Little is known about the virus as of now, as it is still a work in progress. What we know so far, is that the virus is soilborne, and has been found to have more correlation with the dieback disease more than Tomato bushy stunt virus.
Dr. William Wintermantel (pictured above, email@example.com ) has been working on the virus and has developed protocol for virus testing.
Dr. Wintermantel has also shared the protocol with Trical Diagnostics so if you want rapid molecular diagnosis please contact Steve Koike (SKoike@trical.com).
If you have plants showing symptoms of Tomato bushy stunt virus, please bring the samples to Yuma Plant Health Clinic for diagnosis.
Vol. 12, Issue 4, Published 2/22/2021
Keeping up to date with the latest developments in automated weeding machines is challenging. It’s a very fast-moving space with significant private and public investment. At the “Advances in Weed Control Technologies” breakout session at the 2021 Southwest Ag Summit, university experts and cutting-edge innovators will provide updates on the latest developments in automated weeding, autonomous ag robots and non-chemical weed control. The first presenter will be Tony Koselka, COO and Vice President of Engineering, Vision Robotics Corp. Tony will be giving a history on the evolution of automated thinning/weeding technologies and real-world examples of how vision systems and artificial intelligence (AI) is being used with automated weeding machines today. Following Tony will be Paul Nagel, Chief Revenue Officer, Stout Industrial Technology, Inc. Paul will be discussing AI technologies available today, their capabilities, and where the technology is headed. Jaime Eltit, Head of Commercial Farming Operations, FarmWise, Inc. will be also be discussing AI technology and how machine learning is used for robotic in-row weed control. Additionally, he will be presenting information on the latest developments in autonomous weeding robots and their application in Arizona vegetable production systems. Finally, Dr. Steve Fennimore, Weed Scientist, UC Davis will be presenting information on a novel technique for using steam heat to control sclerotinia lettuce drop, Fusarium wilt of lettuce and in-row weeds in vegetable crops.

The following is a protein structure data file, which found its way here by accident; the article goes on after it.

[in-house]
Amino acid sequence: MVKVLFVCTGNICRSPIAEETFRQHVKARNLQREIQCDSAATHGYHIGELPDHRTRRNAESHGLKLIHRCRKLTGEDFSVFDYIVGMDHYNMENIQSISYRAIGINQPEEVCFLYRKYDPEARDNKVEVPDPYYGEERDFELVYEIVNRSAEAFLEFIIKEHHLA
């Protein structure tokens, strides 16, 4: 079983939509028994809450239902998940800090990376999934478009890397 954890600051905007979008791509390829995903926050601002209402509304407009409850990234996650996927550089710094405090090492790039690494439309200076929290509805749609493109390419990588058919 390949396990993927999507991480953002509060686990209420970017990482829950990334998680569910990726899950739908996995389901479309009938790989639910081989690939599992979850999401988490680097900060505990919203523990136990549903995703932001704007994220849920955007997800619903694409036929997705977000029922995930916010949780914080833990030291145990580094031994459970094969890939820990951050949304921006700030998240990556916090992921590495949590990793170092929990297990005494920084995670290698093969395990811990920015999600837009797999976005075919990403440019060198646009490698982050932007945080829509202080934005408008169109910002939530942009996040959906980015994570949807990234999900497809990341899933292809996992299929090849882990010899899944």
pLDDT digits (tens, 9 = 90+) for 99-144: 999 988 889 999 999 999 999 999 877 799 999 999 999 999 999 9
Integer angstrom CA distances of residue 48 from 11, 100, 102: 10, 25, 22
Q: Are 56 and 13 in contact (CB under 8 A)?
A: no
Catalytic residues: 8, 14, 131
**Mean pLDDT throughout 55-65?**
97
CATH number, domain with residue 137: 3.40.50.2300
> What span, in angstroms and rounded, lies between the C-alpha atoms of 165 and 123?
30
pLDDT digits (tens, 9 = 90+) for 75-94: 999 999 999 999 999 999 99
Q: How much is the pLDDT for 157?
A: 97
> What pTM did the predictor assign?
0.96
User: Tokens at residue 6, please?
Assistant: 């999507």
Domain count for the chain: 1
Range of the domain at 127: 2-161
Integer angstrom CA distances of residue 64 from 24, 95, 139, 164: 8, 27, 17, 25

The session will be held TOMMOROW Thursday, February 25th from 1:30-3:30. If you are unable to attend the live session, recordings of the presentations will be available on March 2 and March 3. For those interested in CEU’s, the session offers 2 AZ/CA PCA and CCA credits. One last thing, you must be registered for the 2021 Southwest Ag Summit in order to attend the session. To register or for more information about the Southwest Ag Summit, visit https://yumafreshveg.com/southwest-ag-summit/. Hope to see you there for what promises to be an enlightening and informative session.
The Yuma County Leaf Wetness Network remains in place for the 2018/19 vegetable season. Growers and PCAs may access information generated by the network by entering the following internet address: http://184.108.40.206:460
Upon entering the address above, you will be transferred to internet page that provides a series of tabs at the top of the page. Simply click on the tabs to access the information of interest.
Results of pheromone and sticky trap catches can be viewed HERE.
Results of pheromone and sticky trap catches can be viewed HERE.
Corn earworm: CEW moth activity increased a bit in the past 2 weeks but remains well below average for late spring.
Beet armyworm: Moth counts increased slightly, but remain very low consistent with seasonal temperatures, and below average for this point in the season.
Cabbage looper: Significant increase in activity in Dome Valley, Gila Valley and Tacna, but moth counts remain unusually low for this time of year, as they have all season.
Whitefly: No adult movement recorded across all locations and overall low numbers consistent with temperatures.
Thrips: Thrips adult movement beginning to pick up considerably, particularly in Yuma and Dome Valleys. Movement is below average for late March.
Aphids: Seasonal aphid counts down considerably compared with the Feb and Jan. Counts highest in Bard and Gila Valley. Below average movement for this time of year. Majority of species found on traps were green peach aphid.
Leafminers: Adult activity up slightly in some locations, but well below average for late season.